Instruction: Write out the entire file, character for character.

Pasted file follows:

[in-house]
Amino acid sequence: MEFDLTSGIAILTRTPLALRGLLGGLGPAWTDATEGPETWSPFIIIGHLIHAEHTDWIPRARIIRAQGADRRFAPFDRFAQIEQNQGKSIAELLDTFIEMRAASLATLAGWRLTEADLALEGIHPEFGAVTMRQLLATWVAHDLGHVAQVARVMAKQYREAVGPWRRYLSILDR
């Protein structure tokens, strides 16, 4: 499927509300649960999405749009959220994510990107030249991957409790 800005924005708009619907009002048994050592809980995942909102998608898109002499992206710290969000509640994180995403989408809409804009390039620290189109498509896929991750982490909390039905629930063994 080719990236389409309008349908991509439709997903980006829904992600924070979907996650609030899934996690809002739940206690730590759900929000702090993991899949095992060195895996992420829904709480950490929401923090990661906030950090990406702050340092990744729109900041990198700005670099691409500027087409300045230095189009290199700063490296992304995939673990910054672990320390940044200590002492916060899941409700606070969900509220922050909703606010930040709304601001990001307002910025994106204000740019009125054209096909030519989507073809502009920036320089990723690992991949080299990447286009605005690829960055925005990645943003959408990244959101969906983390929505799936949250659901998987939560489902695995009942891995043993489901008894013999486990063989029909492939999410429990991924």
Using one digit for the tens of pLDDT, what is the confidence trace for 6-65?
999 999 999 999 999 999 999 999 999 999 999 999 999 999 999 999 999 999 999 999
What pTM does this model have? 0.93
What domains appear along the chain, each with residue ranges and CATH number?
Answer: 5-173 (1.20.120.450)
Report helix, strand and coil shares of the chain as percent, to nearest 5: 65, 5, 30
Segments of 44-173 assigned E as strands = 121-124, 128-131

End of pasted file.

[in-house]
Amino acid sequence: MEFDLTSGIAILTRTPLALRGLLGGLGPAWTDATEGPETWSPFIIIGHLIHAEHTDWIPRARIIRAQGADRRFAPFDRFAQIEQNQGKSIAELLDTFIEMRAASLATLAGWRLTEADLALEGIHPEFGAVTMRQLLATWVAHDLGHVAQVARVMAKQYREAVGPWRRYLSILDR
């Protein structure tokens, strides 16, 4: 499927509300649960999405749009959220994510990107030249991957409790 800005924005708009619907009002048994050592809980995942909102998608898109002499992206710290969000509640994180995403989408809409804009390039620290189109498509896929991750982490909390039905629930063994 080719990236389409309008349908991509439709997903980006829904992600924070979907996650609030899934996690809002739940206690730590759900929000702090993991899949095992060195895996992420829904709480950490929401923090990661906030950090990406702050340092990744729109900041990198700005670099691409500027087409300045230095189009290199700063490296992304995939673990910054672990320390940044200590002492916060899941409700606070969900509220922050909703606010930040709304601001990001307002910025994106204000740019009125054209096909030519989507073809502009920036320089990723690992991949080299990447286009605005690829960055925005990645943003959408990244959101969906983390929505799936949250659901998987939560489902695995009942891995043993489901008894013999486990063989029909492939999410429990991924």
Using one digit for the tens of pLDDT, what is the confidence trace for 6-65?
999 999 999 999 999 999 999 999 999 999 999 999 999 999 999 999 999 999 999 999
What pTM does this model have? 0.93
What domains appear along the chain, each with residue ranges and CATH number?
Answer: 5-173 (1.20.120.450)
Report helix, strand and coil shares of the chain as percent, to nearest 5: 65, 5, 30
Segments of 44-173 assigned E as strands = 121-124, 128-131